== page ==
The summer Olympics have officially ended, but the impact that this year's Olympics had on the world was huge. Going to the Olympics is the most important event an athlete can ever achieve. With 28 sports, and countless events, the Olympics has to host and be home to thousands of athletes in a wide range of sports. From track, to rowing, to weight lifting, there are bound to be some type of injuries. This is where the MRI machine saved the day for hundreds of athletes.

 

The best part of the Olympics is the high quality athletes that are competing. They are the best of the best. The same goes for the medical facilities at the Olympics, because the best athletes in the world deserve the best medical care in the world. In the Olympic village is the polyclinic, a large medical building to go to if an athlete or family member gets sick or injured.

 

At the polyclinic, there are a number of scanning machines, MRI’s, CT, ultrasound, x-ray. They are used specifically for the athletes to find out what is injured, and do it quickly, so that the athletes can be treated. The polyclinic in Rio was open 24 hours a day for the entirety of the games, some athletes would go into the clinic to get scans at 1 AM.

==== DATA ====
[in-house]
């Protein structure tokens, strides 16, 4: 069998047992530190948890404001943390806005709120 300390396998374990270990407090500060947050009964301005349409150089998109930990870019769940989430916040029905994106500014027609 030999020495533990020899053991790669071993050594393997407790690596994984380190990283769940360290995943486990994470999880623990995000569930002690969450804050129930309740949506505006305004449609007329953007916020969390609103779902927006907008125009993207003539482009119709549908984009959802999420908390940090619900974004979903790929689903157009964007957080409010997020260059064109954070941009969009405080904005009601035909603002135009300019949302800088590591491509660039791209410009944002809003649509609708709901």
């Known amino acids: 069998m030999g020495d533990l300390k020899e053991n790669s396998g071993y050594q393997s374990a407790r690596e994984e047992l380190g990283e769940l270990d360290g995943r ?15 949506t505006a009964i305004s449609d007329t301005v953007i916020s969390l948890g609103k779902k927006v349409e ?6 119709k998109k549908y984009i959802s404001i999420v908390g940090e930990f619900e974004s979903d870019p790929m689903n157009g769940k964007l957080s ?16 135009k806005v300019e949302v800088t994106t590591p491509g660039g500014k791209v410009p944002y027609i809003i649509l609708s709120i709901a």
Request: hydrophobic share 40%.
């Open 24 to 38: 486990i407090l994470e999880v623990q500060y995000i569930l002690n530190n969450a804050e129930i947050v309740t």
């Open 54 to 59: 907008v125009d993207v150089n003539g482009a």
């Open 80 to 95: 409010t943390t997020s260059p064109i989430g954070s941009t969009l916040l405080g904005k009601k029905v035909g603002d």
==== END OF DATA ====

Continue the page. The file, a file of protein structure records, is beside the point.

These facilities at huge athletic events are necessary for the athletes that are injured, but even for the athletes who perform at the highest level. Some athletes get a scan just to see what areas are under more stress, so they know where to relax and how to perform at the top of their game. The MRI’s performed scans of high profile injured athletes who needed these scans in order to compete again, and diagnose their injury, and in some more serious cases athlete's lives depended on the MRI to live.

 

MRI’s played an integral role at the Olympics for the athletes. And in even better news, GE announced last week that many of the MRI machines, and other imaging equipment, were donated to Rio and will stay in the community. The impact of MRI technology will last longer than just the three-week competition in Rio.